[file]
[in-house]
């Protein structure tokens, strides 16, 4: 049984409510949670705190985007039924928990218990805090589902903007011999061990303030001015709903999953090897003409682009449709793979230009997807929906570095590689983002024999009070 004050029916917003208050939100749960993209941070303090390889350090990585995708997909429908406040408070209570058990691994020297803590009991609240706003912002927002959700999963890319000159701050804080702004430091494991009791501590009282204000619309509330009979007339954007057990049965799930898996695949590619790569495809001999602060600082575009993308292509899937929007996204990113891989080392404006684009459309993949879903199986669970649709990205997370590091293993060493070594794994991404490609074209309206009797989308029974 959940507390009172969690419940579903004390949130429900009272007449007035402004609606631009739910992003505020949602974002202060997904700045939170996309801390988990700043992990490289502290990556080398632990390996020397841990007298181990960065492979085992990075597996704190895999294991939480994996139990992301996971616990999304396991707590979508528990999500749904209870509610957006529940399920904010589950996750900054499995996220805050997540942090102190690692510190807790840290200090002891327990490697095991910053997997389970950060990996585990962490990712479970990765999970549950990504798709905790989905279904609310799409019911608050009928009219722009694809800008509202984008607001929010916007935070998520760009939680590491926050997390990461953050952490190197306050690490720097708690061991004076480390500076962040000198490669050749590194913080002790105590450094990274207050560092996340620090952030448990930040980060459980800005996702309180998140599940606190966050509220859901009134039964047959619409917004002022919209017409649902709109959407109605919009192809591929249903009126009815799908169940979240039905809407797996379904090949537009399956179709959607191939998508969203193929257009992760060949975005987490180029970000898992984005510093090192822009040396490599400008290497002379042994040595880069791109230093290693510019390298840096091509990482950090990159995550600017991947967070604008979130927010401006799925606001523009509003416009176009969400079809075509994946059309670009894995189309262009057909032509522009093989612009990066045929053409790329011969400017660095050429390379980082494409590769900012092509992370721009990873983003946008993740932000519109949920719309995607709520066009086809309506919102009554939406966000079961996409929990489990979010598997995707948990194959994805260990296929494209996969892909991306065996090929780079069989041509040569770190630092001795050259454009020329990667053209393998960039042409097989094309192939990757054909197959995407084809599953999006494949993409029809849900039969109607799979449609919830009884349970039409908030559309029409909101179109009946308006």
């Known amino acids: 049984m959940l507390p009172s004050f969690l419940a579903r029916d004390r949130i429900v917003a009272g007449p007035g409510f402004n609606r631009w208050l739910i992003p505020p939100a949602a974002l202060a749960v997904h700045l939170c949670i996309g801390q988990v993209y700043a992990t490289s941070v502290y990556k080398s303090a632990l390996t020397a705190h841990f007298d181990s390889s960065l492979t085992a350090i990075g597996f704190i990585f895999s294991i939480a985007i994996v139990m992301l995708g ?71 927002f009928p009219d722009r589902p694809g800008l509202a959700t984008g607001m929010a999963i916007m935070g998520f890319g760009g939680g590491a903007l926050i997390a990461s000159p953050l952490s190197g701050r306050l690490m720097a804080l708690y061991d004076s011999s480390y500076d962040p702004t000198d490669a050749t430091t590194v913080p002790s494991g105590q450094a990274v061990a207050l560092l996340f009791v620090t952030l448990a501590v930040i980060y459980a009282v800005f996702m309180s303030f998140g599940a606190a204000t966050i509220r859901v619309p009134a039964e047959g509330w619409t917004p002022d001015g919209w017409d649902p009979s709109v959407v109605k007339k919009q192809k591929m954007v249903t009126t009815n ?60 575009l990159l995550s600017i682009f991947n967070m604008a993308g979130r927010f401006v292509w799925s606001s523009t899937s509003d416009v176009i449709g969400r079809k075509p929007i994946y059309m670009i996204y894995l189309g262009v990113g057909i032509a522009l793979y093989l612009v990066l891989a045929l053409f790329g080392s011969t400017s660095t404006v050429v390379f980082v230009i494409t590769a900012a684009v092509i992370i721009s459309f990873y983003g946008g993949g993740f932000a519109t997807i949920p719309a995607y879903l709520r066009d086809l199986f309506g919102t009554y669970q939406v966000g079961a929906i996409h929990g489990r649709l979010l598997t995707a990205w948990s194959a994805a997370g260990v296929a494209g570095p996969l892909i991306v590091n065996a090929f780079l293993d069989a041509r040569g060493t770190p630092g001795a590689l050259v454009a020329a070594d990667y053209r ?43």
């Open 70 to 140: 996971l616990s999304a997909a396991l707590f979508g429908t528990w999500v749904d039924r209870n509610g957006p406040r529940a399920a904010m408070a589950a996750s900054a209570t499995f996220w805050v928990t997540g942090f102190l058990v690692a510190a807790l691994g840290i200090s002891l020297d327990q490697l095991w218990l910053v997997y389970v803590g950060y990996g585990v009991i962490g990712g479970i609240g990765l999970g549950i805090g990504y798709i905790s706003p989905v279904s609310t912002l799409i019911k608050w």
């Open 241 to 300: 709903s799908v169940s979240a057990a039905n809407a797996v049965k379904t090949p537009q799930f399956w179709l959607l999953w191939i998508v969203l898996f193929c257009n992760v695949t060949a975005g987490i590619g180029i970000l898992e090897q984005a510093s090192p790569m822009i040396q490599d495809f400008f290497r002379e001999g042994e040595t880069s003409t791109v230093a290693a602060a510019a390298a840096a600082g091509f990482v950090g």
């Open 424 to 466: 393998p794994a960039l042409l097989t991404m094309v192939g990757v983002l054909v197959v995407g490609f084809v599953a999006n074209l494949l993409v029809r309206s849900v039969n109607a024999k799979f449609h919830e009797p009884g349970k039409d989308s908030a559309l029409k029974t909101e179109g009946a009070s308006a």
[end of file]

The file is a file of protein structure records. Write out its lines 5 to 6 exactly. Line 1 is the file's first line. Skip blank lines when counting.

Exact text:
């Open 241 to 300: 709903s799908v169940s979240a057990a039905n809407a797996v049965k379904t090949p537009q799930f399956w179709l959607l999953w191939i998508v969203l898996f193929c257009n992760v695949t060949a975005g987490i590619g180029i970000l898992e090897q984005a510093s090192p790569m822009i040396q490599d495809f400008f290497r002379e001999g042994e040595t880069s003409t791109v230093a290693a602060a510019a390298a840096a600082g091509f990482v950090g």
């Open 424 to 466: 393998p794994a960039l042409l097989t991404m094309v192939g990757v983002l054909v197959v995407g490609f084809v599953a999006n074209l494949l993409v029809r309206s849900v039969n109607a024999k799979f449609h919830e009797p009884g349970k039409d989308s908030a559309l029409k029974t909101e179109g009946a009070s308006a």